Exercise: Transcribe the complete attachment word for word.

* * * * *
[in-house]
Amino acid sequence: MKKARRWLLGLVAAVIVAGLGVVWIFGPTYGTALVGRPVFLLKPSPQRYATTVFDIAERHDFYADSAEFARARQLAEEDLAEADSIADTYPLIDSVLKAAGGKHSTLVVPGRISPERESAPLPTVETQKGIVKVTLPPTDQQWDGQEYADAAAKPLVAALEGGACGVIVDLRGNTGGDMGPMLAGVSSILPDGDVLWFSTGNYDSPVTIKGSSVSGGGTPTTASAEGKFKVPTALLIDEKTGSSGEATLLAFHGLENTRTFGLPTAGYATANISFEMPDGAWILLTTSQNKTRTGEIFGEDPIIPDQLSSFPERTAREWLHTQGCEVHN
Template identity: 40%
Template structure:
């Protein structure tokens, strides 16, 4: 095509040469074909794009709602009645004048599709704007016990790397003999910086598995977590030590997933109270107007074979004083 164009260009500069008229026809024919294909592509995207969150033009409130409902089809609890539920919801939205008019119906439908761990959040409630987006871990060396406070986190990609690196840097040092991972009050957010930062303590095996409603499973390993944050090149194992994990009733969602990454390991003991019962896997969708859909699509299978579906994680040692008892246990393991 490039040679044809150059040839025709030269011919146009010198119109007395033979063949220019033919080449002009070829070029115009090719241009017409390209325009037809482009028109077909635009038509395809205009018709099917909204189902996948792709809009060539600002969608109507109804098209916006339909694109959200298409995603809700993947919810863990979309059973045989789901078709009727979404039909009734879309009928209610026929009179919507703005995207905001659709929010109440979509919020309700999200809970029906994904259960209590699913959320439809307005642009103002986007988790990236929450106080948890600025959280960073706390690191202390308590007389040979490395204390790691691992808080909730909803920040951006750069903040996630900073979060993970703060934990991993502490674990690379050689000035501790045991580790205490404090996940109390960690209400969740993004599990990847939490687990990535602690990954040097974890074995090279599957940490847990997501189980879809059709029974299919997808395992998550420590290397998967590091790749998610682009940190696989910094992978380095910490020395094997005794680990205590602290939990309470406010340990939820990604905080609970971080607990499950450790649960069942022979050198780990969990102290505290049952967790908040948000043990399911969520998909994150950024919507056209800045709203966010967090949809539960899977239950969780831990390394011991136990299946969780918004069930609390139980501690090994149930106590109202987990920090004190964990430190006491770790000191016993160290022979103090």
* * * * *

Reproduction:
[in-house]
Amino acid sequence: MKKARRWLLGLVAAVIVAGLGVVWIFGPTYGTALVGRPVFLLKPSPQRYATTVFDIAERHDFYADSAEFARARQLAEEDLAEADSIADTYPLIDSVLKAAGGKHSTLVVPGRISPERESAPLPTVETQKGIVKVTLPPTDQQWDGQEYADAAAKPLVAALEGGACGVIVDLRGNTGGDMGPMLAGVSSILPDGDVLWFSTGNYDSPVTIKGSSVSGGGTPTTASAEGKFKVPTALLIDEKTGSSGEATLLAFHGLENTRTFGLPTAGYATANISFEMPDGAWILLTTSQNKTRTGEIFGEDPIIPDQLSSFPERTAREWLHTQGCEVHN
Template identity: 40%
Template structure:
């Protein structure tokens, strides 16, 4: 095509040469074909794009709602009645004048599709704007016990790397003999910086598995977590030590997933109270107007074979004083 164009260009500069008229026809024919294909592509995207969150033009409130409902089809609890539920919801939205008019119906439908761990959040409630987006871990060396406070986190990609690196840097040092991972009050957010930062303590095996409603499973390993944050090149194992994990009733969602990454390991003991019962896997969708859909699509299978579906994680040692008892246990393991 490039040679044809150059040839025709030269011919146009010198119109007395033979063949220019033919080449002009070829070029115009090719241009017409390209325009037809482009028109077909635009038509395809205009018709099917909204189902996948792709809009060539600002969608109507109804098209916006339909694109959200298409995603809700993947919810863990979309059973045989789901078709009727979404039909009734879309009928209610026929009179919507703005995207905001659709929010109440979509919020309700999200809970029906994904259960209590699913959320439809307005642009103002986007988790990236929450106080948890600025959280960073706390690191202390308590007389040979490395204390790691691992808080909730909803920040951006750069903040996630900073979060993970703060934990991993502490674990690379050689000035501790045991580790205490404090996940109390960690209400969740993004599990990847939490687990990535602690990954040097974890074995090279599957940490847990997501189980879809059709029974299919997808395992998550420590290397998967590091790749998610682009940190696989910094992978380095910490020395094997005794680990205590602290939990309470406010340990939820990604905080609970971080607990499950450790649960069942022979050198780990969990102290505290049952967790908040948000043990399911969520998909994150950024919507056209800045709203966010967090949809539960899977239950969780831990390394011991136990299946969780918004069930609390139980501690090994149930106590109202987990920090004190964990430190006491770790000191016993160290022979103090």